There is no point in boosting the hardware resources of a NAS if they are not used anywhere. Therefore the numerous extra features of Synology’s products will come in handy here, even though not all of them really need a lot of CPU resources. In fact, we didn’t spot performance-related problems even with the older platforms.
The first feature we want to talk about is File Station. It provides browser-based access to files. By forwarding only one port on the router, you can have full control over your data from anywhere via the Internet. In fact, there are two possible variants: working via the main web interface (File Browser) or via a dedicated mini-site which can have its own ports. In either case the user will be able to download and upload, copy and delete documents. The second variant may be better if you want to provide access to your files for external users. File operations are now performed in the background, so there is no need to wait for one operation to complete before doing something else. The status of the task queue is shown in a separate window. If the client supports Java, its local disks become available in the service’s interface and you can work with your files by drag-and-dropping them with your mouse. File Station supports encrypted connections (HTTPS).
The second integrated feature that is going to be useful for home and office is the data backup system. It allows making copies of data stored on the NAS and saving them into another folder on the NAS or to external disks, other NASes, or the online Amazon S3 storage. You can specify what folders to back up and launch backup tasks by a schedule with a max frequency of once an hour. Unfortunately, you cannot back up multiple file versions. You can restore data manually (it is easy since this is simple copying without any specialized file formats) or use the integrated tool (if you use it, you won’t be able to restore your data in a different location).
The integrated iTunes server indexes audio and video files that are stored in the “music” and “video” folders. There are a few applications in AppStore that help connect Apple’s mobile devices with the Synology NAS. We’ll talk about them later on.
The second media server is DLNA-based and supports a variety of modern multimedia formats including lossless audio and HD video. It contains a transcoder for some rare audio formats (such as flac, ape, ogg) to be transferred to the player as decoded wav. The only problem with that service is that it only works with certain predefined folders.
You can listen to the music from the server even without a compatible media player because Audio Station can work with ordinary browsers. Besides audio recordings, there is a long list of online radio stations. The list of available resources includes all the media servers found on the LAN. You can control the playback not only on a client PC but also on compatible DLNA players or on USB speakers/sound cards connected to the NAS.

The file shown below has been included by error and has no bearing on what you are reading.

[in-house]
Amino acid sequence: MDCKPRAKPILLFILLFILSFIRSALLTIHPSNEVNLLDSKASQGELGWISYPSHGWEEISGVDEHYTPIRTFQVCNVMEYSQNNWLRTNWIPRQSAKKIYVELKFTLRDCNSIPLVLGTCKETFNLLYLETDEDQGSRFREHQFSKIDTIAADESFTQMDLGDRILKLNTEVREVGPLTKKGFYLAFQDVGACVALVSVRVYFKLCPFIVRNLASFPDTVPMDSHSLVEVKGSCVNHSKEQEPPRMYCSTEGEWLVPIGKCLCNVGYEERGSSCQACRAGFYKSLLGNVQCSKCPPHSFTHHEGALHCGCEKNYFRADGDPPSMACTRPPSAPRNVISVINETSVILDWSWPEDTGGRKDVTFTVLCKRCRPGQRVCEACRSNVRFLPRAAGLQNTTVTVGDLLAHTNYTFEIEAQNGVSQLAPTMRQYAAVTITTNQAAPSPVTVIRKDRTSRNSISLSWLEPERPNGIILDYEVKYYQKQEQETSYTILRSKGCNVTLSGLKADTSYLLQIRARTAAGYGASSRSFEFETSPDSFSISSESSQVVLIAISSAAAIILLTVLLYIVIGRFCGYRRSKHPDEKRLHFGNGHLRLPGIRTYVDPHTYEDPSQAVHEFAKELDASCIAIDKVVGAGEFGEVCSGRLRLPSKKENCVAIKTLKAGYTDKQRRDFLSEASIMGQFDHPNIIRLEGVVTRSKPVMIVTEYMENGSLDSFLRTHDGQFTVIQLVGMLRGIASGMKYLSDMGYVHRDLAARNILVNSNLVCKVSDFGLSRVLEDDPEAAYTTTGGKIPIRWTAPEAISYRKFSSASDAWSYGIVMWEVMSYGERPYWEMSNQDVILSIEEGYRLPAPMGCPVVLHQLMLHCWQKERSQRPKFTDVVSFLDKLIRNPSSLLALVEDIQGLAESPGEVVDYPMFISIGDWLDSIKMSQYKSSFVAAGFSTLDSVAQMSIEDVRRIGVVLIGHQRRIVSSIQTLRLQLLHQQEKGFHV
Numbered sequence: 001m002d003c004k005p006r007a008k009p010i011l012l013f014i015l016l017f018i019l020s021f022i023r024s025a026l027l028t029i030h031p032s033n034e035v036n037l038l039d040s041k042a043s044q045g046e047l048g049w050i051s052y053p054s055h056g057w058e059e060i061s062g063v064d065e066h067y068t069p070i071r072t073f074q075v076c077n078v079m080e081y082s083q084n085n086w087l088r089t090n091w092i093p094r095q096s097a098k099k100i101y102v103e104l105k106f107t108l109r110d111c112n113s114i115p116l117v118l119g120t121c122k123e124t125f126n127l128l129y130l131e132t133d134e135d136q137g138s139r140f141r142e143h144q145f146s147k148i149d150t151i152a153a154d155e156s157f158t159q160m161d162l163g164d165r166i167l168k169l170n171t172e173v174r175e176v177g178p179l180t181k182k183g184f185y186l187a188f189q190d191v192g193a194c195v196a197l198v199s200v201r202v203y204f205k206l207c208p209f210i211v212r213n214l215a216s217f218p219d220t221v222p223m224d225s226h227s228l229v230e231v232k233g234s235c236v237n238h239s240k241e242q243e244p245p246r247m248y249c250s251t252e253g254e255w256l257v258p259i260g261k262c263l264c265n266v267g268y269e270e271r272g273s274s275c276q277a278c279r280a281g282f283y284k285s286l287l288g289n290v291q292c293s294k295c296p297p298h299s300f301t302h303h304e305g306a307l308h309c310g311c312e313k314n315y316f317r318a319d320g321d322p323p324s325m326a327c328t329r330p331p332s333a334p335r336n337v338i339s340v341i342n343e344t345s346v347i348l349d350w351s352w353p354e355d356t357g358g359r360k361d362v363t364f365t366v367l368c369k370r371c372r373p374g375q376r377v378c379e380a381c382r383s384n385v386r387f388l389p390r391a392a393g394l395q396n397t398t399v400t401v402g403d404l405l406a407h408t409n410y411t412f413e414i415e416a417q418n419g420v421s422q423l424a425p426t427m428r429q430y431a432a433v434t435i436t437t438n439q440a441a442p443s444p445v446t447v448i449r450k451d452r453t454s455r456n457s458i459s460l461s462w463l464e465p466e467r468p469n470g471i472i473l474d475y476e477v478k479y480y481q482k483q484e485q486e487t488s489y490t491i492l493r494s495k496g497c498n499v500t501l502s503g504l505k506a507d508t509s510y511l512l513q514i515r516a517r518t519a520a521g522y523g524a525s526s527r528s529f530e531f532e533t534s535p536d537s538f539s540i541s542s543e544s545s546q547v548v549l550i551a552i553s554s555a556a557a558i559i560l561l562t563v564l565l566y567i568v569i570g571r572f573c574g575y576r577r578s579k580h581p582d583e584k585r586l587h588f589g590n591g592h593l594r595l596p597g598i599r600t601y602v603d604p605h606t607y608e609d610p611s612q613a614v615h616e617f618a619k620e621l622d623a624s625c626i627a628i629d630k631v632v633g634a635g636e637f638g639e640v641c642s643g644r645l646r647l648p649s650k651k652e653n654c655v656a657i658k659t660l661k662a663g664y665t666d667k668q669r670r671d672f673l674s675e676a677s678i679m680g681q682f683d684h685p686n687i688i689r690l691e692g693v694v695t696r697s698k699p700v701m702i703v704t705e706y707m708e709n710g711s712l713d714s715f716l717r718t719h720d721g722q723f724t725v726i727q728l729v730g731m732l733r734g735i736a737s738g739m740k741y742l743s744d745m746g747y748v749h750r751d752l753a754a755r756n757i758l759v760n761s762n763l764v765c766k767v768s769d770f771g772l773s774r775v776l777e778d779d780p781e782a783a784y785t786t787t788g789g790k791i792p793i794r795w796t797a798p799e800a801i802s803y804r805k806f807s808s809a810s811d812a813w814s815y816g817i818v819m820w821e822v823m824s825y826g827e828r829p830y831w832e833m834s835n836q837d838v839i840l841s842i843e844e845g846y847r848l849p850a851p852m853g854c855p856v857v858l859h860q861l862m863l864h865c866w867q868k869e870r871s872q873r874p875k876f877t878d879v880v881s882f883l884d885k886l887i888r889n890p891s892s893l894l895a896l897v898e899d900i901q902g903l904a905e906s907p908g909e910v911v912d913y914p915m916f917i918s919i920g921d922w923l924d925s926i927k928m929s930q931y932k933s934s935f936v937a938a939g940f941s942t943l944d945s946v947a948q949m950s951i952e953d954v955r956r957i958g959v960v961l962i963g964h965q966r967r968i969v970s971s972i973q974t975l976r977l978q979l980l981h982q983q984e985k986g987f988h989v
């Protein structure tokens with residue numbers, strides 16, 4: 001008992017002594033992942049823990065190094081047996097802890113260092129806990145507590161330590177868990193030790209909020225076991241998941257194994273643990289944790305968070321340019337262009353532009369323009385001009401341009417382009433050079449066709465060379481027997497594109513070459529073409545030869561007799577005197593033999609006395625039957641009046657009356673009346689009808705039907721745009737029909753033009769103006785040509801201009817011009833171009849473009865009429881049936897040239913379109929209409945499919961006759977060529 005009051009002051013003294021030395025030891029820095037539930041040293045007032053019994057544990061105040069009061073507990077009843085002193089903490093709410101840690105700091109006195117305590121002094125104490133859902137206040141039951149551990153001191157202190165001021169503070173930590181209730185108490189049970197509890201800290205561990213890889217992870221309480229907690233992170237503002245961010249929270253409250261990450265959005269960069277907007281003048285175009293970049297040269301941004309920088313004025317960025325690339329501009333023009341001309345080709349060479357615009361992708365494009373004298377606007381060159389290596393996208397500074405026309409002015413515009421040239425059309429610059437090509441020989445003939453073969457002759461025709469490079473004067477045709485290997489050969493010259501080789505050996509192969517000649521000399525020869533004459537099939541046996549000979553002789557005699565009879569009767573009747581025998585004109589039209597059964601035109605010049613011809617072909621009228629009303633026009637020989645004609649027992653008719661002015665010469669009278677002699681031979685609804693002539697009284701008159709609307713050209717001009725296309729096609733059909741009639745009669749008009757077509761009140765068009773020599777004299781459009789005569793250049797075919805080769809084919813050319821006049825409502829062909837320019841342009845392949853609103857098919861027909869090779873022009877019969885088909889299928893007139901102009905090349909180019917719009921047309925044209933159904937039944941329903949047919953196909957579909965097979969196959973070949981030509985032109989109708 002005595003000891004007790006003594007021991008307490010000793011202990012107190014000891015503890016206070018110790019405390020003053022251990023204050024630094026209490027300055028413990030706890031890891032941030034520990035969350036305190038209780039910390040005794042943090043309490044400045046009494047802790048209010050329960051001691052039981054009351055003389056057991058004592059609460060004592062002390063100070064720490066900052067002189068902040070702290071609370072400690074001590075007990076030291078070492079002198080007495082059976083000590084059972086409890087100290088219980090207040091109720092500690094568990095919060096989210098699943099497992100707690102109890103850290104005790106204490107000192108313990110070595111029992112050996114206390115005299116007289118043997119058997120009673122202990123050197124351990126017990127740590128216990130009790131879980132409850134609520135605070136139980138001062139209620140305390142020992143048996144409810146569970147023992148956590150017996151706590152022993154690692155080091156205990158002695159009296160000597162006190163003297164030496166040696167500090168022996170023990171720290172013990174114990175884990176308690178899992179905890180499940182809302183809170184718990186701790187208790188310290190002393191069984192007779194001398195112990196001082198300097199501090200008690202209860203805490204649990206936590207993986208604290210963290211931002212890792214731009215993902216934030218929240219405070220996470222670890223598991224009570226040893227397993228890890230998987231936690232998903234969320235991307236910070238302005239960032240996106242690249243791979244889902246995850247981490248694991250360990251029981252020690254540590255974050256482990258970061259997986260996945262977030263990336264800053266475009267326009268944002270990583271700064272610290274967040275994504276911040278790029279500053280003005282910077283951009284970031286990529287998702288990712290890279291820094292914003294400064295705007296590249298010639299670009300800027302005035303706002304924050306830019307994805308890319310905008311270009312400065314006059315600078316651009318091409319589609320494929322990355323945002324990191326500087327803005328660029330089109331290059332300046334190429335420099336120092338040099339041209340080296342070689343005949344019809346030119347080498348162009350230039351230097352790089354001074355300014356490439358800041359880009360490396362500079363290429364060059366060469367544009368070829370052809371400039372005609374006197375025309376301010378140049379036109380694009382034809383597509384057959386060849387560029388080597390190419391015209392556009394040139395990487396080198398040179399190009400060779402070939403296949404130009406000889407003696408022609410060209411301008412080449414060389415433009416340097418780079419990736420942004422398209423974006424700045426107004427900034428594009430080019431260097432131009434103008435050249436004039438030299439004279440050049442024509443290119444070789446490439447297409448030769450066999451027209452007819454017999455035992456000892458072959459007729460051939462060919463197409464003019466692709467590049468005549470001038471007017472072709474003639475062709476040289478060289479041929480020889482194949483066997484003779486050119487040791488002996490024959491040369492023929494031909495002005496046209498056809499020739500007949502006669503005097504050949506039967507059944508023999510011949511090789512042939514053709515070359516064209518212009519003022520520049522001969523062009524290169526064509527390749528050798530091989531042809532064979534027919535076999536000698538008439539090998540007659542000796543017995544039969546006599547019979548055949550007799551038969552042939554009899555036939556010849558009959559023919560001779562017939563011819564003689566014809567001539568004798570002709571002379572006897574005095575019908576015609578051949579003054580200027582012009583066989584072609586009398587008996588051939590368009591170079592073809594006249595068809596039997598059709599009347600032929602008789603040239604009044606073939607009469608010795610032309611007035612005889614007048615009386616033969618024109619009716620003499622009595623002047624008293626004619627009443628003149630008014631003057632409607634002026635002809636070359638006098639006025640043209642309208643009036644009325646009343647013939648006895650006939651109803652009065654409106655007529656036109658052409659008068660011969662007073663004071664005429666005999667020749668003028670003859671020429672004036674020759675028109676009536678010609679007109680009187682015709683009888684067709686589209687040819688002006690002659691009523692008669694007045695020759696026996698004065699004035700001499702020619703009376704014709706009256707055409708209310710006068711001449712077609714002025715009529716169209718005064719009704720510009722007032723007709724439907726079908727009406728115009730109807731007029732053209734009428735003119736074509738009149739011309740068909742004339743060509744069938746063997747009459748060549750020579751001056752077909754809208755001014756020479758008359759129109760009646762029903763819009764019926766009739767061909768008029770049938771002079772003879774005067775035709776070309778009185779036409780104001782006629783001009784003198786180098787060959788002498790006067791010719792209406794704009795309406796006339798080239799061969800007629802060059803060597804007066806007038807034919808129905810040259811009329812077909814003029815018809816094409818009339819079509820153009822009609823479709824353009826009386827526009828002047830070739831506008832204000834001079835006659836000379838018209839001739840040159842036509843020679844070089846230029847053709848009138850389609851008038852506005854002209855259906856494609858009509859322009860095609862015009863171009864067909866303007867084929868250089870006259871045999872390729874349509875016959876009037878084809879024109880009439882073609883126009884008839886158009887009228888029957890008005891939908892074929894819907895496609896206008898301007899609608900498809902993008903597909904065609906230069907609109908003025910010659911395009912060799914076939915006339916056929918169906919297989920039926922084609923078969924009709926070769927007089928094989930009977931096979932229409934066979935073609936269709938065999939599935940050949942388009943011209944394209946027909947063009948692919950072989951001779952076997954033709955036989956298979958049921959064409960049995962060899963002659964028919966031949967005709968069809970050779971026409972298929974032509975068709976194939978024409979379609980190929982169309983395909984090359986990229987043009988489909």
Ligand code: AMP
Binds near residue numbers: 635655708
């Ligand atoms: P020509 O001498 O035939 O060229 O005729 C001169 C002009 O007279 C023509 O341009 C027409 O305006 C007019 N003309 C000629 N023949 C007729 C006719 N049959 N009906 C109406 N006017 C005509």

Next goes Photo Station which is already a fourth version. This module allows publishing online your photo albums and video recordings. It also provides a blogging capability. This module has a separate user database so you can communicate with your friends without compromising the main features of the NAS.
The Web Station service may be interesting for web developers as well as for everyone who wants to show his/her webpage to the world. It is a functional hosting service that supports virtual sites, php, and a local MySQL database.
Downloading files autonomously is one of the most demanded features of a NAS. Synology’s products are not an exception and their Download Station supports BitTorrent, eMule, FTP/HTTP and NBZ protocols. It can also download data with premium access from RapidShare and MegaUpload. The torrent client allows to choose ports, limit the speed of downloading and seeding, and supports encryption and DHT. Files can be seeded after having been downloaded. 20 simultaneous downloads are supported by default. You can specify at what time this service is going to be active.
Having a lot of storage space, this NAS can be used to implement a video surveillance system with IP cameras. The maximum number of supported cameras depends on the performance of the NAS. The manufacturer sets the limit of 20 cameras for the DS1010+. However, there is a license for only one camera by default. You’ll have to purchase the remaining licenses separately. As for the specific IP cameras, there are over 500 compatible models from 35 brands including Axis, D-Link, Mobotix, Panasonic, Sony and Vivotek. The cameras can work with MJPEG, MPEG4 or H.264. High-resolution matrixes, integrated microphones and PTZ are all supported. The recording modes include: constant recording, recording by schedule, recording by motion sensor. Besides autonomous operation, a human operator can watch the image live from multiple cameras and start to record video when necessary. It is easy to work with the recordings: you can search them for different criteria or save them to another device. The full functionality is supported in Internet Explorer via add-on modules.
Take note that this feature has a separate user database and notification settings, so you can use the surveillance system independently from the NAS’s main functions. Synology also offers an autonomous device for that. It’s called Visual Station. You can just connect it to your LAN and attach a monitor and mouse. You won’t need your PC to manage the Visual Station.